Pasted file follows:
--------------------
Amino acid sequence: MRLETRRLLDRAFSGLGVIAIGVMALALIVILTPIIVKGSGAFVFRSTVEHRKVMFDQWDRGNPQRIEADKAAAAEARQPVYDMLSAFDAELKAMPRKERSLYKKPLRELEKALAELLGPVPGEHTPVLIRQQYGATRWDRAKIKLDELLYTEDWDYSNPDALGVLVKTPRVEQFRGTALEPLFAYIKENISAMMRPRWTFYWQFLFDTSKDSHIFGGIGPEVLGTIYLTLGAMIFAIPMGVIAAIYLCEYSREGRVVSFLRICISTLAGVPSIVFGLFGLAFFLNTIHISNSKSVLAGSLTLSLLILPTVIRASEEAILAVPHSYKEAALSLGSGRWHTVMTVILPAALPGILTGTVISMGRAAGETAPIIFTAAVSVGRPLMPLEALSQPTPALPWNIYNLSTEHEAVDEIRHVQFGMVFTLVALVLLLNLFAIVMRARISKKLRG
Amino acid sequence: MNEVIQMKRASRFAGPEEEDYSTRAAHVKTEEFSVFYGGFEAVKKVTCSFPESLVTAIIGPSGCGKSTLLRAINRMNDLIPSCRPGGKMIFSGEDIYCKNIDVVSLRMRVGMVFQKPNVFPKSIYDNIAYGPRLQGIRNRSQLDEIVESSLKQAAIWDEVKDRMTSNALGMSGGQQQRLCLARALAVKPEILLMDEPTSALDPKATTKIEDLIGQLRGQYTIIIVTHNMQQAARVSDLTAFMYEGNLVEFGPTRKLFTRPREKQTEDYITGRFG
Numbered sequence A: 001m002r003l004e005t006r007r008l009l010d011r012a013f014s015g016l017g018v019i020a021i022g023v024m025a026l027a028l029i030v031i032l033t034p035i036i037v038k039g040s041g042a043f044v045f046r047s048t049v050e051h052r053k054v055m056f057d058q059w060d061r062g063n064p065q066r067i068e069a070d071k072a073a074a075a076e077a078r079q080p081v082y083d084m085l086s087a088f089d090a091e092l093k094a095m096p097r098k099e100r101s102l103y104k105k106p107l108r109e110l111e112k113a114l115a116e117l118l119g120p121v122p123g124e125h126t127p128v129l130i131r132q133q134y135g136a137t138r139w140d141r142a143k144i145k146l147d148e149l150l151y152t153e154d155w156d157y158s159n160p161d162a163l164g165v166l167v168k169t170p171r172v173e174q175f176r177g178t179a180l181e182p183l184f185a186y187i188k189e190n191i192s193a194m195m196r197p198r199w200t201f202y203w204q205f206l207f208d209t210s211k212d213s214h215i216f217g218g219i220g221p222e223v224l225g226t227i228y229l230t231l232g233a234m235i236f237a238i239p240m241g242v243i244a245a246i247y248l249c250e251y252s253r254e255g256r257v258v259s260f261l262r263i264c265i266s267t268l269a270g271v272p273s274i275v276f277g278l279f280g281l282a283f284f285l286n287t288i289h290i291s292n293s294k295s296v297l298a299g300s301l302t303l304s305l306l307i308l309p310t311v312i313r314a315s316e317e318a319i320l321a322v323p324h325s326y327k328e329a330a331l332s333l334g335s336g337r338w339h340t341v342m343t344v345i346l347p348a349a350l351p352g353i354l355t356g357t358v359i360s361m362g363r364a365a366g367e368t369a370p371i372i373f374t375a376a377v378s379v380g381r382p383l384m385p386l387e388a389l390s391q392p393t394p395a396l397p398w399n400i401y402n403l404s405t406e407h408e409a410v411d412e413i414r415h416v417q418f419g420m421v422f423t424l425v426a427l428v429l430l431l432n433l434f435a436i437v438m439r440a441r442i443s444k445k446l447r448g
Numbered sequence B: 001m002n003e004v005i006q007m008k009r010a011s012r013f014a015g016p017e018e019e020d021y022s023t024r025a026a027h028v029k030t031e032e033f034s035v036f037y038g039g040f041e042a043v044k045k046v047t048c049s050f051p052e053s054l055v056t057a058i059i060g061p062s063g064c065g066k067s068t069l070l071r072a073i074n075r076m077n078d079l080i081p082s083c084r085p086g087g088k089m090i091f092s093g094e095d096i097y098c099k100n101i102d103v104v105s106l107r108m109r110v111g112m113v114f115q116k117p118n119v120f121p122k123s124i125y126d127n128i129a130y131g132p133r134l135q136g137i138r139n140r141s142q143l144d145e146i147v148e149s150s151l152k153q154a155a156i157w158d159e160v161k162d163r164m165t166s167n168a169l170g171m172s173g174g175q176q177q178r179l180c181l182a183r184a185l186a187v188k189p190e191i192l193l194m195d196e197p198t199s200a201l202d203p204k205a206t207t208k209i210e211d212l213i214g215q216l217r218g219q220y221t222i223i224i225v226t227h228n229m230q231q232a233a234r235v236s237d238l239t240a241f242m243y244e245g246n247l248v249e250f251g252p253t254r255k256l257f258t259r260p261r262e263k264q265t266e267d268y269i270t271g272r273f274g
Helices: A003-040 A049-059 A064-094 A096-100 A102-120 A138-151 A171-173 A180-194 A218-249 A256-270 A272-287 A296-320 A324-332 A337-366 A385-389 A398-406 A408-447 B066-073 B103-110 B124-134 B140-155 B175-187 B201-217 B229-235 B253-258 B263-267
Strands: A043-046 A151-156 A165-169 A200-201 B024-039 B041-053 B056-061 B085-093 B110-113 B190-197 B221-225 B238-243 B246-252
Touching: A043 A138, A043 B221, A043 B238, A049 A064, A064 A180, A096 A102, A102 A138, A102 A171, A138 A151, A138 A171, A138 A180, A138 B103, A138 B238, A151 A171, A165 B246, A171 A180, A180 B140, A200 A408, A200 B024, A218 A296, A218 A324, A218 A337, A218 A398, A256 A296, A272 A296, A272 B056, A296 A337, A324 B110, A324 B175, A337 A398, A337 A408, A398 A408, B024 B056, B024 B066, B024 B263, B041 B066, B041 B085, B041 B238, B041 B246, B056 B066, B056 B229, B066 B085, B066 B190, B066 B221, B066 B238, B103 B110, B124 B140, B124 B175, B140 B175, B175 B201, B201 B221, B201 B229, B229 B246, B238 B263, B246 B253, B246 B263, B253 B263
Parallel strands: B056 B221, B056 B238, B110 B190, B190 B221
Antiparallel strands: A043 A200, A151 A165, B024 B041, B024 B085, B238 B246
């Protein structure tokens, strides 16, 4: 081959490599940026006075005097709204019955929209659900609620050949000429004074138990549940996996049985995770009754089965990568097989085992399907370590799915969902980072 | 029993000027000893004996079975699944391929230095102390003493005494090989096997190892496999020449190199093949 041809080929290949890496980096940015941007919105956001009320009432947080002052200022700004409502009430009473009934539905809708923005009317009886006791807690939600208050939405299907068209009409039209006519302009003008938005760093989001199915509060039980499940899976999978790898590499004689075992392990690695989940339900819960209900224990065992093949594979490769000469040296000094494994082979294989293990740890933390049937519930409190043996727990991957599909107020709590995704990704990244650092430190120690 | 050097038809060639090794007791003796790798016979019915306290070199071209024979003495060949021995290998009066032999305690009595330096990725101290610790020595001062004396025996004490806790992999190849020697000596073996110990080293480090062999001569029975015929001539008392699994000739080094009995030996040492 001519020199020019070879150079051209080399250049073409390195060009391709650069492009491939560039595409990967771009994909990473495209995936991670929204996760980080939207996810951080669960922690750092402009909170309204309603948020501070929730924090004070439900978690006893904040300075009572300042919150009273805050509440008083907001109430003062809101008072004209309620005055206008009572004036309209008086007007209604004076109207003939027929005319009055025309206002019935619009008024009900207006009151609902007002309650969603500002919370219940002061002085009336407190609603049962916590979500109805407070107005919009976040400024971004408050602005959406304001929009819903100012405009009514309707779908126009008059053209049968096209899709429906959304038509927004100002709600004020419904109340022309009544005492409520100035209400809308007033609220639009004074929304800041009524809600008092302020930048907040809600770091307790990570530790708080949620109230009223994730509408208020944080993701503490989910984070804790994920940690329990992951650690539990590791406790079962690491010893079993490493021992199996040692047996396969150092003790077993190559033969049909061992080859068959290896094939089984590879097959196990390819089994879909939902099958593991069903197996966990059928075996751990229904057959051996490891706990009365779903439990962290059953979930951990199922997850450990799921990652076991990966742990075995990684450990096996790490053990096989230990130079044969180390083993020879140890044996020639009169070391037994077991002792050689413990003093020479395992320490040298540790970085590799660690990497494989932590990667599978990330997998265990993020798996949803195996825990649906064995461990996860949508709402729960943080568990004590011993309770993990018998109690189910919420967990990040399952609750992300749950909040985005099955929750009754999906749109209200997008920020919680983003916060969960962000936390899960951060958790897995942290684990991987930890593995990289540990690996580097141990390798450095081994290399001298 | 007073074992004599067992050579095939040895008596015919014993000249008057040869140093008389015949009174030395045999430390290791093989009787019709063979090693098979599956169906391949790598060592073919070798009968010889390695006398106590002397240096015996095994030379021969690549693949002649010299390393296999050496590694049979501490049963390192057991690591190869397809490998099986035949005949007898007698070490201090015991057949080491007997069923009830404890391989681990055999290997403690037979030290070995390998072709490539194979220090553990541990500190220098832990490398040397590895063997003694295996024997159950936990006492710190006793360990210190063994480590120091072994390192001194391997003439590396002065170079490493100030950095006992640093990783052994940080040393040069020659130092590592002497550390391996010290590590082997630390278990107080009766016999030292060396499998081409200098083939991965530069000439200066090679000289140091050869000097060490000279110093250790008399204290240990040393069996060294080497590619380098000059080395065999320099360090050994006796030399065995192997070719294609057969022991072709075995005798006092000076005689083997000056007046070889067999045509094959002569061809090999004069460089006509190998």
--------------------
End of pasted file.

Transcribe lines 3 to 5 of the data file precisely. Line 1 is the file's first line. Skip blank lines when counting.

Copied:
Numbered sequence A: 001m002r003l004e005t006r007r008l009l010d011r012a013f014s015g016l017g018v019i020a021i022g023v024m025a026l027a028l029i030v031i032l033t034p035i036i037v038k039g040s041g042a043f044v045f046r047s048t049v050e051h052r053k054v055m056f057d058q059w060d061r062g063n064p065q066r067i068e069a070d071k072a073a074a075a076e077a078r079q080p081v082y083d084m085l086s087a088f089d090a091e092l093k094a095m096p097r098k099e100r101s102l103y104k105k106p107l108r109e110l111e112k113a114l115a116e117l118l119g120p121v122p123g124e125h126t127p128v129l130i131r132q133q134y135g136a137t138r139w140d141r142a143k144i145k146l147d148e149l150l151y152t153e154d155w156d157y158s159n160p161d162a163l164g165v166l167v168k169t170p171r172v173e174q175f176r177g178t179a180l181e182p183l184f185a186y187i188k189e190n191i192s193a194m195m196r197p198r199w200t201f202y203w204q205f206l207f208d209t210s211k212d213s214h215i216f217g218g219i220g221p222e223v224l225g226t227i228y229l230t231l232g233a234m235i236f237a238i239p240m241g242v243i244a245a246i247y248l249c250e251y252s253r254e255g256r257v258v259s260f261l262r263i264c265i266s267t268l269a270g271v272p273s274i275v276f277g278l279f280g281l282a283f284f285l286n287t288i289h290i291s292n293s294k295s296v297l298a299g300s301l302t303l304s305l306l307i308l309p310t311v312i313r314a315s316e317e318a319i320l321a322v323p324h325s326y327k328e329a330a331l332s333l334g335s336g337r338w339h340t341v342m343t344v345i346l347p348a349a350l351p352g353i354l355t356g357t358v359i360s361m362g363r364a365a366g367e368t369a370p371i372i373f374t375a376a377v378s379v380g381r382p383l384m385p386l387e388a389l390s391q392p393t394p395a396l397p398w399n400i401y402n403l404s405t406e407h408e409a410v411d412e413i414r415h416v417q418f419g420m421v422f423t424l425v426a427l428v429l430l431l432n433l434f435a436i437v438m439r440a441r442i443s444k445k446l447r448g
Numbered sequence B: 001m002n003e004v005i006q007m008k009r010a011s012r013f014a015g016p017e018e019e020d021y022s023t024r025a026a027h028v029k030t031e032e033f034s035v036f037y038g039g040f041e042a043v044k045k046v047t048c049s050f051p052e053s054l055v056t057a058i059i060g061p062s063g064c065g066k067s068t069l070l071r072a073i074n075r076m077n078d079l080i081p082s083c084r085p086g087g088k089m090i091f092s093g094e095d096i097y098c099k100n101i102d103v104v105s106l107r108m109r110v111g112m113v114f115q116k117p118n119v120f121p122k123s124i125y126d127n128i129a130y131g132p133r134l135q136g137i138r139n140r141s142q143l144d145e146i147v148e149s150s151l152k153q154a155a156i157w158d159e160v161k162d163r164m165t166s167n168a169l170g171m172s173g174g175q176q177q178r179l180c181l182a183r184a185l186a187v188k189p190e191i192l193l194m195d196e197p198t199s200a201l202d203p204k205a206t207t208k209i210e211d212l213i214g215q216l217r218g219q220y221t222i223i224i225v226t227h228n229m230q231q232a233a234r235v236s237d238l239t240a241f242m243y244e245g246n247l248v249e250f251g252p253t254r255k256l257f258t259r260p261r262e263k264q265t266e267d268y269i270t271g272r273f274g
Helices: A003-040 A049-059 A064-094 A096-100 A102-120 A138-151 A171-173 A180-194 A218-249 A256-270 A272-287 A296-320 A324-332 A337-366 A385-389 A398-406 A408-447 B066-073 B103-110 B124-134 B140-155 B175-187 B201-217 B229-235 B253-258 B263-267